SYRACUSE, N.Y. (WSYR-TV) — On May 24, just before 6 p.m., Syracuse police called to the west side,
A 13-year-old girl was stabbed, becoming the second teen homicide in less than a week. The crime drew a huge police response with 20 officers, as pressing emergencies and violent crime should. But what happens to those less serious calls? Response time slips.
“I found a number of calls, suspicious vehicles, harassment, loitering calls that waited for four, five, nine hours before police were able to respond,” said Joe Moran, president of the Syracuse Police PBA.
NewsChannel 9 took a closer look at the backlog in a 12-hour period that same day, leaving callers waiting for hours, or even the next day for an officer to arrive, with complaints getting stuck in the queue.
At 6:10 p.m. one night, a suspicious vehicle complaint came in, and an officer didn’t respond until the next day at 3:32 a.m. A dispute was called in at 6:13 p.m. and got an 11:57 p.m. response.
A half hour later, at 6:44 pm, a domestic incident was called in with an officer getting to that scene at 11:33 p.m. Similarly, a loitering call came in at 7:34 p.m. was answered hours later, at 11:53 p.m. A harassment call then came in at 8:01, and was answered at 11:36 p.m.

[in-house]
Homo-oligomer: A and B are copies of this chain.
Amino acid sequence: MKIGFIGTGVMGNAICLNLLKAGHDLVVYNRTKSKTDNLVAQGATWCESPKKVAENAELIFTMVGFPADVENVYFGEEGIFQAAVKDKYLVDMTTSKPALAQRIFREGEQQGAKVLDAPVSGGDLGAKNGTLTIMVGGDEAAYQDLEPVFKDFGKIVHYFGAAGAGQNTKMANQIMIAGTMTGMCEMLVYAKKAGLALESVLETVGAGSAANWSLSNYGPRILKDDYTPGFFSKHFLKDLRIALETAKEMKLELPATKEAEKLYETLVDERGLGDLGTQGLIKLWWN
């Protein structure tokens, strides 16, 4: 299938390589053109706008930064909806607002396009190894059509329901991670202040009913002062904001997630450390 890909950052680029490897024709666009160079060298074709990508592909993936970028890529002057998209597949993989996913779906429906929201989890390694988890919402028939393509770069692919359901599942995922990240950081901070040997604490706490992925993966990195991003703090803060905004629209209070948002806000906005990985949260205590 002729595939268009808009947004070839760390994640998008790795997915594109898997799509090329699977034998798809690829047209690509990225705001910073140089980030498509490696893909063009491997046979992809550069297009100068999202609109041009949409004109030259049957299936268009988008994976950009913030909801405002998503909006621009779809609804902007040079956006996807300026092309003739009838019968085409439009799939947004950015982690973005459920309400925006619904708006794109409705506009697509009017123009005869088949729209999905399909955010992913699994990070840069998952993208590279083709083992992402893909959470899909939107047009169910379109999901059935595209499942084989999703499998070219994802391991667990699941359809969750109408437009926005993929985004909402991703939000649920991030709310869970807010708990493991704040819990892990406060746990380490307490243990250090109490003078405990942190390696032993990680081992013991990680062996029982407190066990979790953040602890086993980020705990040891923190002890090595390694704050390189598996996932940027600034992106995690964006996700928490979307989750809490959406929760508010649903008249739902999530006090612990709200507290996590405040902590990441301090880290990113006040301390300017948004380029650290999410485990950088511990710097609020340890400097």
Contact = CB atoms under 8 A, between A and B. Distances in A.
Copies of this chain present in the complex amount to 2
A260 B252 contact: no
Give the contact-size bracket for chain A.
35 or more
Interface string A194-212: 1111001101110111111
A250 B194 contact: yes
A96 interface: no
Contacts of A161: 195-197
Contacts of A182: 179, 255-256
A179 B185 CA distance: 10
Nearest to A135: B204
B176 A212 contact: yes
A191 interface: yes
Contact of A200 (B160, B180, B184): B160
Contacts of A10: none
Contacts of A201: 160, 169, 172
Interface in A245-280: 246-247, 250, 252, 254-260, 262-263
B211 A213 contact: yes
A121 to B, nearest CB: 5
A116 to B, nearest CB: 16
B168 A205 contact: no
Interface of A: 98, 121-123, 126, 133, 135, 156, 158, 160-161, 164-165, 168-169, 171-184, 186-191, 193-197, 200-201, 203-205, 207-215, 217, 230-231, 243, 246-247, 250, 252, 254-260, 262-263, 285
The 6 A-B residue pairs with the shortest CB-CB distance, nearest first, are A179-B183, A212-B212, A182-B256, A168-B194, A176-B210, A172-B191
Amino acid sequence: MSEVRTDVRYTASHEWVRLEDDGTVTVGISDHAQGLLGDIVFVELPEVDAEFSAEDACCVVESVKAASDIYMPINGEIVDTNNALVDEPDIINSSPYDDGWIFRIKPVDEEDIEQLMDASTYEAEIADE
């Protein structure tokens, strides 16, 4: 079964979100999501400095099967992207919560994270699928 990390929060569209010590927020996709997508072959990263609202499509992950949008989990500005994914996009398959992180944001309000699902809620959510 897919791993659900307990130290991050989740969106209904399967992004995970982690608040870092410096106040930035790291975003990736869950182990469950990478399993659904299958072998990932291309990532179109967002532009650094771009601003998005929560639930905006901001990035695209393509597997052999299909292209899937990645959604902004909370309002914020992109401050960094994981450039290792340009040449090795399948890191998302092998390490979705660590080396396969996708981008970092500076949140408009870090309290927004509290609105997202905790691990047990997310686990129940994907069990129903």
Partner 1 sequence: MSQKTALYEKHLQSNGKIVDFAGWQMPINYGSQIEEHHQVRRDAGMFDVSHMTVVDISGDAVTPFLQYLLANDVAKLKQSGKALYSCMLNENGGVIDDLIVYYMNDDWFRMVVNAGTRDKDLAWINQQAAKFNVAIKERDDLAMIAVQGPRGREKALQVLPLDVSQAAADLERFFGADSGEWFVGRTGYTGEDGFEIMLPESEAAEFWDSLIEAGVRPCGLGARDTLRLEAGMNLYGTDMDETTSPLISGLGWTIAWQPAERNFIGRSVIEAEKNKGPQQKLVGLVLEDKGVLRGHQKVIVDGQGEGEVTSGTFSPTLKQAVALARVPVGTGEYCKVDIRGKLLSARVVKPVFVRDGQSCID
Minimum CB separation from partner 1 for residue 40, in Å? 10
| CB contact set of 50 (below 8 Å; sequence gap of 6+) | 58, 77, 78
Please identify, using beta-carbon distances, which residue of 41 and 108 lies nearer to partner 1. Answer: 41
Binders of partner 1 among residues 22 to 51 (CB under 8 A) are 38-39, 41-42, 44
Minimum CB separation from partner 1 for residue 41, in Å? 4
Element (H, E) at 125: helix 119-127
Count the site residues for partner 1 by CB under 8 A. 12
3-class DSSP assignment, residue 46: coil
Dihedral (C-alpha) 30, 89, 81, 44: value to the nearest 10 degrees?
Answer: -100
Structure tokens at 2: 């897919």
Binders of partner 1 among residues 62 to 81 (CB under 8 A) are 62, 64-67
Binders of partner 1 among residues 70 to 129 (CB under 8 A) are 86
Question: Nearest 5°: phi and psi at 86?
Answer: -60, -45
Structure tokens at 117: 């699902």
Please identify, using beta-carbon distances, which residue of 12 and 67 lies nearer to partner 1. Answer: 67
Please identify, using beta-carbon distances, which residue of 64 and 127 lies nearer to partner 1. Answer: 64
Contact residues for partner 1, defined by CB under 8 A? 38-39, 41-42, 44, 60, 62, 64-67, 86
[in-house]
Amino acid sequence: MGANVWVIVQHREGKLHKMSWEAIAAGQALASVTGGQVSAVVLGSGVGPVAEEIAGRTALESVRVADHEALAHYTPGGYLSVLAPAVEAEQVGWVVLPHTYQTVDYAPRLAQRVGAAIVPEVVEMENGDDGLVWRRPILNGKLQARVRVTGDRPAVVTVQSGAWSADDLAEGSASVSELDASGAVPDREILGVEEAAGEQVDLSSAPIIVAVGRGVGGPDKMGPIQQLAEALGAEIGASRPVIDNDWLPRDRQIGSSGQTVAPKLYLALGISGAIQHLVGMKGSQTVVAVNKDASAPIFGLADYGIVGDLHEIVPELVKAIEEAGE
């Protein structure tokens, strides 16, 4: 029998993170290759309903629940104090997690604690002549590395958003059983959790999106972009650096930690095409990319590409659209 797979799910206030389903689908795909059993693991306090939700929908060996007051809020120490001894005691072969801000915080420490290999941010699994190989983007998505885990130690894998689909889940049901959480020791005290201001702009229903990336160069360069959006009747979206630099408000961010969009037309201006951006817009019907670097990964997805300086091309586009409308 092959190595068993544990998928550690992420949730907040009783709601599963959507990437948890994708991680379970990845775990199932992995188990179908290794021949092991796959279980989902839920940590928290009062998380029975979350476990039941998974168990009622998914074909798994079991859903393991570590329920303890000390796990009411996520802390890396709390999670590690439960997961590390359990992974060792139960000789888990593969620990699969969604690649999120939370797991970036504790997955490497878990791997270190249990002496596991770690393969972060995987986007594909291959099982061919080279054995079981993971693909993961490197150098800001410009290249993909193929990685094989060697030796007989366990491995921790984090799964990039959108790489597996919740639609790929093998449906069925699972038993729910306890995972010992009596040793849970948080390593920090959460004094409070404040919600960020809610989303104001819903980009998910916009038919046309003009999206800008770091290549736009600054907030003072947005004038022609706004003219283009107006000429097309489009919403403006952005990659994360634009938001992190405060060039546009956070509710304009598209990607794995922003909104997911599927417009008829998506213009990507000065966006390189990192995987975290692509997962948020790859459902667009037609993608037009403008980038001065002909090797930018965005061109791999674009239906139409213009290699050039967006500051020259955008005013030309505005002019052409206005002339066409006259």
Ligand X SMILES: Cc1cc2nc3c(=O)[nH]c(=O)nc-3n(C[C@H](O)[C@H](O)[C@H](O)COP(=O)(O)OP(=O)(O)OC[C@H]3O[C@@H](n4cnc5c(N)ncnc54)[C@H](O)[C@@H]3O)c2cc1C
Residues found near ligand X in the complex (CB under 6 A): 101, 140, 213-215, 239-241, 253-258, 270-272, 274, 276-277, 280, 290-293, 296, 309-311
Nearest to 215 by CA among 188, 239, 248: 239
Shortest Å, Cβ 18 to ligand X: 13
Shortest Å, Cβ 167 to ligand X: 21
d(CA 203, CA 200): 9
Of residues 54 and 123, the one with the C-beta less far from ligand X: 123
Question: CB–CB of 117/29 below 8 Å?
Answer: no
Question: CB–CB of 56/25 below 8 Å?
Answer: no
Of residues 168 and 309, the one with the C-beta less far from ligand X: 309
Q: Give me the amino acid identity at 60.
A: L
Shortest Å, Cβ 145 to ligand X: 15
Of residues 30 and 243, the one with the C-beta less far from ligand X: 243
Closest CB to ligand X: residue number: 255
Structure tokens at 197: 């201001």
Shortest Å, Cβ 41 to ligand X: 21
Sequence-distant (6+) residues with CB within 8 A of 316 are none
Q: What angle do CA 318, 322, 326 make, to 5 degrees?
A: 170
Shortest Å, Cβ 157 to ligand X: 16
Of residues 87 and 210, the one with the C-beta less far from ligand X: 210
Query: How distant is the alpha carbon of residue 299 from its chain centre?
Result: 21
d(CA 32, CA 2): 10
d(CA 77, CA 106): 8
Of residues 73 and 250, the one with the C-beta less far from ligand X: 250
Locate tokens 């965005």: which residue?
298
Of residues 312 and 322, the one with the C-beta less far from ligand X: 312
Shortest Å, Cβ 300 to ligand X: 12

And in the next hour, between 8 and 9 p.m., calls for a larceny, and loud noise, answered the next day, 2:22 a.m. and 12:58 a.m.
“So as our members are being taken to these violent crimes to address, the rest of the community is affected because we don’t have enough cops to address these quality of life issues 8:33,” Moran said.
A depleted force has police struggling to respond quickly to what many might consider less dire situations.
“If you’re calling 911 clearly, your issue is important, to you and you want it addressed in a timely manner and we understand that, but we have been, our resources have been pulled to an extent where it’s nearly impossible to respond in an appropriate amount of time,” said Moran.
Syracuse police are constantly looking for new recruits, but find it difficult to hire enough to outpace the number of retirements. The PBA president continued the drumbeat for more officers, to better response times and help maintain trust in police.